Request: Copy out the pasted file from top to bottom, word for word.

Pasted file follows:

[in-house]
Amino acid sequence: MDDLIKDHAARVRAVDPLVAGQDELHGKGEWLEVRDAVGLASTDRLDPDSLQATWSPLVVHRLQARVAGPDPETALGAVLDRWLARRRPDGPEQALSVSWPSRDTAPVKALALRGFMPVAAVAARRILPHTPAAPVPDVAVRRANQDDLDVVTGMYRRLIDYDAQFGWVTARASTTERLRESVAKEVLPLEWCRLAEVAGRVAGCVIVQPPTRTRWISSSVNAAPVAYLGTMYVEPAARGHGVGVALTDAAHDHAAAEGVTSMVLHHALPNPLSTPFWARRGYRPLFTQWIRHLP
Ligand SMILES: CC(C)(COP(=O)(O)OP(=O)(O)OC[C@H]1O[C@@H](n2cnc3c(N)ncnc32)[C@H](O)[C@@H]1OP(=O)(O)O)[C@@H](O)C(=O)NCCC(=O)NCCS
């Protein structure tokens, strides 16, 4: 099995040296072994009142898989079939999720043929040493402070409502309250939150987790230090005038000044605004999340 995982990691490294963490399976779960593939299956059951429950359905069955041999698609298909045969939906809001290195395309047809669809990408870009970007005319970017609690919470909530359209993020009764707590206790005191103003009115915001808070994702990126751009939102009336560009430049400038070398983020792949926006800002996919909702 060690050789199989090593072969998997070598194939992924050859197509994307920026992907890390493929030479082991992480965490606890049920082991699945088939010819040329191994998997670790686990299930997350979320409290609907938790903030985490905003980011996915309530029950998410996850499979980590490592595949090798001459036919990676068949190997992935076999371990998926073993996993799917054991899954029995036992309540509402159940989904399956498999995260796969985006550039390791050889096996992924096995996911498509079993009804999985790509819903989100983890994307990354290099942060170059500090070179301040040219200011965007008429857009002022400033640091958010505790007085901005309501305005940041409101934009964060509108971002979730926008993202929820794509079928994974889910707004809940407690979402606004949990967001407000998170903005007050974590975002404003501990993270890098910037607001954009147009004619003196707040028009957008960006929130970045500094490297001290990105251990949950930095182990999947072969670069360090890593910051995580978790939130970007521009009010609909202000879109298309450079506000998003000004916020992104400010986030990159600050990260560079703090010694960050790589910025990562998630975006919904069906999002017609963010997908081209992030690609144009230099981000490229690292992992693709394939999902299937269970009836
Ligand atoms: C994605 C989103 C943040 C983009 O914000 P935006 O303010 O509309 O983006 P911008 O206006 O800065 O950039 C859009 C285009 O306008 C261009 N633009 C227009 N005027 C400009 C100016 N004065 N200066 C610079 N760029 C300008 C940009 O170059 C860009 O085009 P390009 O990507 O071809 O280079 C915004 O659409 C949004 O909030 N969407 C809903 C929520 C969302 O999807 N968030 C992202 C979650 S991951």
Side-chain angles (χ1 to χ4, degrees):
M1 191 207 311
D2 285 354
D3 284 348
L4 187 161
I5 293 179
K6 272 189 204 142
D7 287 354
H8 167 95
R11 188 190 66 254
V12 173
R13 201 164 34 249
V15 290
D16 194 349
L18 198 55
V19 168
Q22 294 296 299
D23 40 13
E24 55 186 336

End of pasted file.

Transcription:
[in-house]
Amino acid sequence: MDDLIKDHAARVRAVDPLVAGQDELHGKGEWLEVRDAVGLASTDRLDPDSLQATWSPLVVHRLQARVAGPDPETALGAVLDRWLARRRPDGPEQALSVSWPSRDTAPVKALALRGFMPVAAVAARRILPHTPAAPVPDVAVRRANQDDLDVVTGMYRRLIDYDAQFGWVTARASTTERLRESVAKEVLPLEWCRLAEVAGRVAGCVIVQPPTRTRWISSSVNAAPVAYLGTMYVEPAARGHGVGVALTDAAHDHAAAEGVTSMVLHHALPNPLSTPFWARRGYRPLFTQWIRHLP
Ligand SMILES: CC(C)(COP(=O)(O)OP(=O)(O)OC[C@H]1O[C@@H](n2cnc3c(N)ncnc32)[C@H](O)[C@@H]1OP(=O)(O)O)[C@@H](O)C(=O)NCCC(=O)NCCS
């Protein structure tokens, strides 16, 4: 099995040296072994009142898989079939999720043929040493402070409502309250939150987790230090005038000044605004999340 995982990691490294963490399976779960593939299956059951429950359905069955041999698609298909045969939906809001290195395309047809669809990408870009970007005319970017609690919470909530359209993020009764707590206790005191103003009115915001808070994702990126751009939102009336560009430049400038070398983020792949926006800002996919909702 060690050789199989090593072969998997070598194939992924050859197509994307920026992907890390493929030479082991992480965490606890049920082991699945088939010819040329191994998997670790686990299930997350979320409290609907938790903030985490905003980011996915309530029950998410996850499979980590490592595949090798001459036919990676068949190997992935076999371990998926073993996993799917054991899954029995036992309540509402159940989904399956498999995260796969985006550039390791050889096996992924096995996911498509079993009804999985790509819903989100983890994307990354290099942060170059500090070179301040040219200011965007008429857009002022400033640091958010505790007085901005309501305005940041409101934009964060509108971002979730926008993202929820794509079928994974889910707004809940407690979402606004949990967001407000998170903005007050974590975002404003501990993270890098910037607001954009147009004619003196707040028009957008960006929130970045500094490297001290990105251990949950930095182990999947072969670069360090890593910051995580978790939130970007521009009010609909202000879109298309450079506000998003000004916020992104400010986030990159600050990260560079703090010694960050790589910025990562998630975006919904069906999002017609963010997908081209992030690609144009230099981000490229690292992992693709394939999902299937269970009836
Ligand atoms: C994605 C989103 C943040 C983009 O914000 P935006 O303010 O509309 O983006 P911008 O206006 O800065 O950039 C859009 C285009 O306008 C261009 N633009 C227009 N005027 C400009 C100016 N004065 N200066 C610079 N760029 C300008 C940009 O170059 C860009 O085009 P390009 O990507 O071809 O280079 C915004 O659409 C949004 O909030 N969407 C809903 C929520 C969302 O999807 N968030 C992202 C979650 S991951």
Side-chain angles (χ1 to χ4, degrees):
M1 191 207 311
D2 285 354
D3 284 348
L4 187 161
I5 293 179
K6 272 189 204 142
D7 287 354
H8 167 95
R11 188 190 66 254
V12 173
R13 201 164 34 249
V15 290
D16 194 349
L18 198 55
V19 168
Q22 294 296 299
D23 40 13
E24 55 186 336